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From "Todd Lipcon (JIRA)" <j...@apache.org>
Subject [jira] Commented: (HDFS-347) DFS read performance suboptimal when client co-located on nodes with data
Date Tue, 13 Oct 2009 05:50:31 GMT

    [ https://issues.apache.org/jira/browse/HDFS-347?page=com.atlassian.jira.plugin.system.issuetabpanels:comment-tabpanel&focusedCommentId=12764957#action_12764957

Todd Lipcon commented on HDFS-347:

bq. Filed HADOOP-3205 quite sometime back. It would let BlockReader avoid a copy as well.

Cool, I'll take a look at that. I agree that it should help performance.

bq. Is this a temporary hack? Client sees non-loopback address even if the datanode is local.

Yep - see the "work remaining" above. This was good enough for testing on my pseudo-distributed
cluster, but we'll need something fancier for the real deal. I think your trick about connecting
and then looking at the addresses may be just right - very clever!

bq. we could use "dfsclinet_some_rand_str_with_blockid".

Yea, I thought I had a TODO in there. If not, I mean to :) We should have some kind of random
string (or autoincrement static field in DFSClient). Making datanode listen still seems like
it's susceptible to some kind of impostor attack.

bq. since random read bottleneck is connection latency and disk seeks, why do you think this
improves random read performance?

It currently doesn't. I anticipate adding some kind of call like "boolean canSeekToBlockOffset(long
pos)" to the BlockReader interface. In the case of LocalBlockReader, it can seek "for free"
within the already-open file descriptor with zero latency beyond what the IO itself might
cost. I was planning on adding that in another JIRA, but could certainly add it here too.
For the existing BlockReader, we can return true for the case when the target position is
within the TCP window -- this is an optimization currently in DFSInputStream that should move
into BlockReader.

bq. does a typical HBase installation do predominantly do local reads?

I'm not sure of this - I think some of the HBase guys are watching this ticket. It seems to
me, though, that it shouldn't be hard to convince HBase region servers to match up with local

bq. I suspect reporting bytes read by clients might be important issue to fix properly. 

+1. The improper termination is probably impossible to deal with, but an honesty-based policy
would work, as long as we figure that clients have nothing to gain by lying.

> DFS read performance suboptimal when client co-located on nodes with data
> -------------------------------------------------------------------------
>                 Key: HDFS-347
>                 URL: https://issues.apache.org/jira/browse/HDFS-347
>             Project: Hadoop HDFS
>          Issue Type: Improvement
>            Reporter: George Porter
>            Assignee: Todd Lipcon
>         Attachments: HADOOP-4801.1.patch, HADOOP-4801.2.patch, HADOOP-4801.3.patch, hdfs-347.txt,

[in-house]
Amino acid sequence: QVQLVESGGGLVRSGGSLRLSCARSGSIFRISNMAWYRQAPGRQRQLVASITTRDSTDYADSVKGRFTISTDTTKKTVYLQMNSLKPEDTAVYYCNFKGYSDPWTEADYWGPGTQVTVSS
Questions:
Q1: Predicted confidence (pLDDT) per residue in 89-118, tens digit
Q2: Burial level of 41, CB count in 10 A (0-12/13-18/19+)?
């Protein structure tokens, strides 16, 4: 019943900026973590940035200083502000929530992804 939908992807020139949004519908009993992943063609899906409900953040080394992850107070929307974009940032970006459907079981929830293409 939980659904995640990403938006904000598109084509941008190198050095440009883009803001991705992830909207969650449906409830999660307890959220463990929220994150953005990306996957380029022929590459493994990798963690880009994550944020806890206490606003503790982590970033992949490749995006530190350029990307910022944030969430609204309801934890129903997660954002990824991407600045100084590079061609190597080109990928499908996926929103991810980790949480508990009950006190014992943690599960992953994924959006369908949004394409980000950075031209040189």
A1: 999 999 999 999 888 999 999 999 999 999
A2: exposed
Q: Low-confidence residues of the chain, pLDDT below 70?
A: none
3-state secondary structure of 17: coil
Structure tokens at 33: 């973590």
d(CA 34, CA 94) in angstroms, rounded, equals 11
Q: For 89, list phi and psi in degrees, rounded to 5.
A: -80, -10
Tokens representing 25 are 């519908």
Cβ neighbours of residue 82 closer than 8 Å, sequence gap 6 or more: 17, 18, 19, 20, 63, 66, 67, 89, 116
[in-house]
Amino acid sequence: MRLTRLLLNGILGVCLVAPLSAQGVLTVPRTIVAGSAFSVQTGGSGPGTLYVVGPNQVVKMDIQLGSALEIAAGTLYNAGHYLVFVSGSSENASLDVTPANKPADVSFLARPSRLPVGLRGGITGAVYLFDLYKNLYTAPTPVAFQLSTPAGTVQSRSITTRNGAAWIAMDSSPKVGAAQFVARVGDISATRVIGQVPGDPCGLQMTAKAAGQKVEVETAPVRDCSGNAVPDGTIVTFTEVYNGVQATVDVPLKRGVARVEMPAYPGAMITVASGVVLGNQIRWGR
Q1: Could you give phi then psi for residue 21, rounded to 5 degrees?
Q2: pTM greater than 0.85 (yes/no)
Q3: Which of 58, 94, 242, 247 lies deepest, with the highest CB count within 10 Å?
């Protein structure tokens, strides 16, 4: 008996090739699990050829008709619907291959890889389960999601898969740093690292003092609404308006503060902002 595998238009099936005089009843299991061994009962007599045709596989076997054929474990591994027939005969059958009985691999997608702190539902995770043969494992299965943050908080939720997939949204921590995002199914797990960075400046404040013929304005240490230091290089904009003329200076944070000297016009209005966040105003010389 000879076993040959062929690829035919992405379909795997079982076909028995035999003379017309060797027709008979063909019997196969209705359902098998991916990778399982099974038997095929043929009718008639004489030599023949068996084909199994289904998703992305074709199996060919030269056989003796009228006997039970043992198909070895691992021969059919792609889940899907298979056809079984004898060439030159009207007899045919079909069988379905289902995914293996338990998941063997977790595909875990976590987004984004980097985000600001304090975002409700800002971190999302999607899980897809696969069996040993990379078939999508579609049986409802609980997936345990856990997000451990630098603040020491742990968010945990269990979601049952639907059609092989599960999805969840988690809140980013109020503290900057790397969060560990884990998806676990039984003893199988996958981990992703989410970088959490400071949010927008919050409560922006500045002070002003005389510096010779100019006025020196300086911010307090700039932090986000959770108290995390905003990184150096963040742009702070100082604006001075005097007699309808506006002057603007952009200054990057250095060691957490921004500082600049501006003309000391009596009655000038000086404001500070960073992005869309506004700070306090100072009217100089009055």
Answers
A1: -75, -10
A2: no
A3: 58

> One of the major strategies Hadoop uses to get scalable data processing is to move the
code to the data.  However, putting the DFS client on the same physical node as the data blocks
it acts on doesn't improve read performance as much as expected.
> After looking at Hadoop and O/S traces (via HADOOP-4049), I think the problem is due
to the HDFS streaming protocol causing many more read I/O operations (iops) than necessary.
 Consider the case of a DFSClient fetching a 64 MB disk block from the DataNode process (running
in a separate JVM) running on the same machine.  The DataNode will satisfy the single disk
block request by sending data back to the HDFS client in 64-KB chunks.  In BlockSender.java,
this is done in the sendChunk() method, relying on Java's transferTo() method.  Depending
on the host O/S and JVM implementation, transferTo() is implemented as either a sendfilev()
syscall or a pair of mmap() and write().  In either case, each chunk is read from the disk
by issuing a separate I/O operation for each chunk.  The result is that the single request
for a 64-MB block ends up hitting the disk as over a thousand smaller requests for 64-KB each.
> Since the DFSClient runs in a different JVM and process than the DataNode, shuttling
data from the disk to the DFSClient also results in context switches each time network packets
get sent (in this case, the 64-kb chunk turns into a large number of 1500 byte packet send
operations).  Thus we see a large number of context switches for each block send operation.
> I'd like to get some feedback on the best way to address this, but I think providing
a mechanism for a DFSClient to directly open data blocks that happen to be on the same machine.
 It could do this by examining the set of LocatedBlocks returned by the NameNode, marking
those that should be resident on the local host.  Since the DataNode and DFSClient (probably)
share the same hadoop configuration, the DFSClient should be able to find the files holding
the block data, and it could directly open them and send data back to the client.  This would
avoid the context switches imposed by the network layer, and would allow for much larger read
buffers than 64KB, which should reduce the number of iops imposed by each read block operation.

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